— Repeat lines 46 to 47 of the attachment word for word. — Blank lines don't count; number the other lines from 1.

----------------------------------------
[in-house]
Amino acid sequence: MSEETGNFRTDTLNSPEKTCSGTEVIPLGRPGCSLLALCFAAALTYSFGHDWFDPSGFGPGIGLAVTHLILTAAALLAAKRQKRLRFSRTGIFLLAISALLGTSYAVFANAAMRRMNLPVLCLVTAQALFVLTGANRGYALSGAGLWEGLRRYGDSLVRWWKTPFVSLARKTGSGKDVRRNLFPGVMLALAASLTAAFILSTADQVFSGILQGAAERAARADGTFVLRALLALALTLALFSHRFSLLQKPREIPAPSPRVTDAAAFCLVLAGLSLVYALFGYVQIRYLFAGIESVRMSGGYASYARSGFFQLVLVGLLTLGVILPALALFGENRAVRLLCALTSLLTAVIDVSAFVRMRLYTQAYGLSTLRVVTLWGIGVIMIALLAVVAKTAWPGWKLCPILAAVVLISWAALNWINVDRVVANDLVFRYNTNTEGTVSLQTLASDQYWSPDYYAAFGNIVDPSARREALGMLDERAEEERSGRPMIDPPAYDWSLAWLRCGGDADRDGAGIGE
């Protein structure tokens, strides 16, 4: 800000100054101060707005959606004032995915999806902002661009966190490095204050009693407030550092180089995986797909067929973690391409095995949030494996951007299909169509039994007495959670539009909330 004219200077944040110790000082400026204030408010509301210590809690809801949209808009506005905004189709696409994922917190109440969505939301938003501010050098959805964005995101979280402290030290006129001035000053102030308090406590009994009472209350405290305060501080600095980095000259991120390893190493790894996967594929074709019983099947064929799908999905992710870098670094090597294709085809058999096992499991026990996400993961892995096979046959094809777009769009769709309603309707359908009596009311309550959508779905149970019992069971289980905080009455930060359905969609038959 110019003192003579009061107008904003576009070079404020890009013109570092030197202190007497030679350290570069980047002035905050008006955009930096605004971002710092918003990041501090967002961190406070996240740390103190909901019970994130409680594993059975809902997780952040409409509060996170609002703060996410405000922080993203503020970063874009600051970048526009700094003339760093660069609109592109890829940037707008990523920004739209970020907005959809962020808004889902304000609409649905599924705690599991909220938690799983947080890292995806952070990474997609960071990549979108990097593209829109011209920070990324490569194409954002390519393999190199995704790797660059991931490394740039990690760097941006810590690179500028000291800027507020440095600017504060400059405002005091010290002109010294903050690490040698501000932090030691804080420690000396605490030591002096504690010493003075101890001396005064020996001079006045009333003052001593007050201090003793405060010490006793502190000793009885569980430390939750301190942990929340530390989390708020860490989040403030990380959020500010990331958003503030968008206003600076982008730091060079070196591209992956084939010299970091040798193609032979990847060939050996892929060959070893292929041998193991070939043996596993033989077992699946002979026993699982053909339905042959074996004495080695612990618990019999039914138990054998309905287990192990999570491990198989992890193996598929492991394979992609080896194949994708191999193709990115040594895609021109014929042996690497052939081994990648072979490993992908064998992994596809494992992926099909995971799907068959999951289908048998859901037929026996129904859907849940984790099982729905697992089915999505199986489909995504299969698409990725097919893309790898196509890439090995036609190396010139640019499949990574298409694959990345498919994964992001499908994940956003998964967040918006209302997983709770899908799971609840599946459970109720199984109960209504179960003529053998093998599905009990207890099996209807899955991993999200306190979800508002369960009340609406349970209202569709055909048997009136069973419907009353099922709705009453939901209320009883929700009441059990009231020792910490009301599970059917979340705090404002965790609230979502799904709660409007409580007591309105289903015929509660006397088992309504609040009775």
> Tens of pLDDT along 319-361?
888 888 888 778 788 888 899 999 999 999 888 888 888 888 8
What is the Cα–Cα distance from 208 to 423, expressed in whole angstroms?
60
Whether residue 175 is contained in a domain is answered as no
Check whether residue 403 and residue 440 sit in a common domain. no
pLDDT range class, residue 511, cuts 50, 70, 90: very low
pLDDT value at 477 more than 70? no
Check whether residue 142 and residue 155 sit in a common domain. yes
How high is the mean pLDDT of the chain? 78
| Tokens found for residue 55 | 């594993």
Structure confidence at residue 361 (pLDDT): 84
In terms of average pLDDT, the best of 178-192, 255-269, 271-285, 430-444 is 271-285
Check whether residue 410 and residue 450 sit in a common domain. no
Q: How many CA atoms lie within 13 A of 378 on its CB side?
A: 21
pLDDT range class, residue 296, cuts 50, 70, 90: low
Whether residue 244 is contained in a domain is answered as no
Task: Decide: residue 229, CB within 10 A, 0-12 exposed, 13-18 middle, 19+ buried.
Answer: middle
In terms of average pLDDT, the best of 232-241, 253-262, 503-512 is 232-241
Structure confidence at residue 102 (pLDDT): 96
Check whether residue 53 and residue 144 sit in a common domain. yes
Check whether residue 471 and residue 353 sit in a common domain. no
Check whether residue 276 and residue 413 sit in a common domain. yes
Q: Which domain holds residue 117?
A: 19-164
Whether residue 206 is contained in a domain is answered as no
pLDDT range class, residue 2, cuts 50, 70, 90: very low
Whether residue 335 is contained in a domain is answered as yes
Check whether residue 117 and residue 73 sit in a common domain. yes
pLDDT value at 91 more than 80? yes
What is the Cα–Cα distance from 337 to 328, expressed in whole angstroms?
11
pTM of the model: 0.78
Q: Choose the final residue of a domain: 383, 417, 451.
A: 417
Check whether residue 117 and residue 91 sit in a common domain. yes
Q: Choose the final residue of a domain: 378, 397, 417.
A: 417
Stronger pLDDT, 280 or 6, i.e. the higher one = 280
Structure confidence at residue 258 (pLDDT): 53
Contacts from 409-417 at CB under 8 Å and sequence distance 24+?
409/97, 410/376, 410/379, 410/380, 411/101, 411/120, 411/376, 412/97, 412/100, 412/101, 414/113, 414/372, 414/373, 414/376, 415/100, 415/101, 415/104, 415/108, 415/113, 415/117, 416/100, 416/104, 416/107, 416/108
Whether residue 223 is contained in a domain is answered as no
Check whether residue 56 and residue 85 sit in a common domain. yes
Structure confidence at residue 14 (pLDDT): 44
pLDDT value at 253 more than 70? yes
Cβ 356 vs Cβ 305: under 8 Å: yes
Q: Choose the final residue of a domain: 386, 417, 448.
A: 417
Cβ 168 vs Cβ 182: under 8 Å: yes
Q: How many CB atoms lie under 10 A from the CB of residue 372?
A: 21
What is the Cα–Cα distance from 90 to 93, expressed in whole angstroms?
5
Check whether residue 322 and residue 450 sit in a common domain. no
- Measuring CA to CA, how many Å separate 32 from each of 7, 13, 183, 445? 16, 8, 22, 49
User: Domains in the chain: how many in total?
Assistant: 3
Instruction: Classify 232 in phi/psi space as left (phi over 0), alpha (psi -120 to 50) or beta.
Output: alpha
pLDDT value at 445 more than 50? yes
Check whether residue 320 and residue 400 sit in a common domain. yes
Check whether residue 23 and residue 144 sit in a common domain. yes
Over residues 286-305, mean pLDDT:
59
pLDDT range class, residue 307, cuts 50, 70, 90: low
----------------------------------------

Contacts from 409-417 at CB under 8 Å and sequence distance 24+?
409/97, 410/376, 410/379, 410/380, 411/101, 411/120, 411/376, 412/97, 412/100, 412/101, 414/113, 414/372, 414/373, 414/376, 415/100, 415/101, 415/104, 415/108, 415/113, 415/117, 416/100, 416/104, 416/107, 416/108